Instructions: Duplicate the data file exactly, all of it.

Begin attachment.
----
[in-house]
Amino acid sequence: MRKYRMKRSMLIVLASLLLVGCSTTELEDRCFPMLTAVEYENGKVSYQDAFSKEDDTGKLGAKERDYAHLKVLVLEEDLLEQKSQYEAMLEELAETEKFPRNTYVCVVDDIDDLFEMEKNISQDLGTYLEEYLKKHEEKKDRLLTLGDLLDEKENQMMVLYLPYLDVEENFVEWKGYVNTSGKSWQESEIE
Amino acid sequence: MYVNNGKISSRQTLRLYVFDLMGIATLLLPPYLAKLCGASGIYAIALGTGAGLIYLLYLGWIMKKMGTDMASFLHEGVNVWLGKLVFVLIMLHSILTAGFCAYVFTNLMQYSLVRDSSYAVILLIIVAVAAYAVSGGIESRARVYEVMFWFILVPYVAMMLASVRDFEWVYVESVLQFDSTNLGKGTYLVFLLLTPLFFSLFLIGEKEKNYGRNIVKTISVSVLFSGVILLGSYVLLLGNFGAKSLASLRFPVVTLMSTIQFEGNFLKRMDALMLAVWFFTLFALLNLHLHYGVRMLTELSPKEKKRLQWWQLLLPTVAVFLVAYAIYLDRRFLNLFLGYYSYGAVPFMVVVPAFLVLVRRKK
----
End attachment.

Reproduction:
[in-house]
Amino acid sequence: MRKYRMKRSMLIVLASLLLVGCSTTELEDRCFPMLTAVEYENGKVSYQDAFSKEDDTGKLGAKERDYAHLKVLVLEEDLLEQKSQYEAMLEELAETEKFPRNTYVCVVDDIDDLFEMEKNISQDLGTYLEEYLKKHEEKKDRLLTLGDLLDEKENQMMVLYLPYLDVEENFVEWKGYVNTSGKSWQESEIE
Amino acid sequence: MYVNNGKISSRQTLRLYVFDLMGIATLLLPPYLAKLCGASGIYAIALGTGAGLIYLLYLGWIMKKMGTDMASFLHEGVNVWLGKLVFVLIMLHSILTAGFCAYVFTNLMQYSLVRDSSYAVILLIIVAVAAYAVSGGIESRARVYEVMFWFILVPYVAMMLASVRDFEWVYVESVLQFDSTNLGKGTYLVFLLLTPLFFSLFLIGEKEKNYGRNIVKTISVSVLFSGVILLGSYVLLLGNFGAKSLASLRFPVVTLMSTIQFEGNFLKRMDALMLAVWFFTLFALLNLHLHYGVRMLTELSPKEKKRLQWWQLLLPTVAVFLVAYAIYLDRRFLNLFLGYYSYGAVPFMVVVPAFLVLVRRKK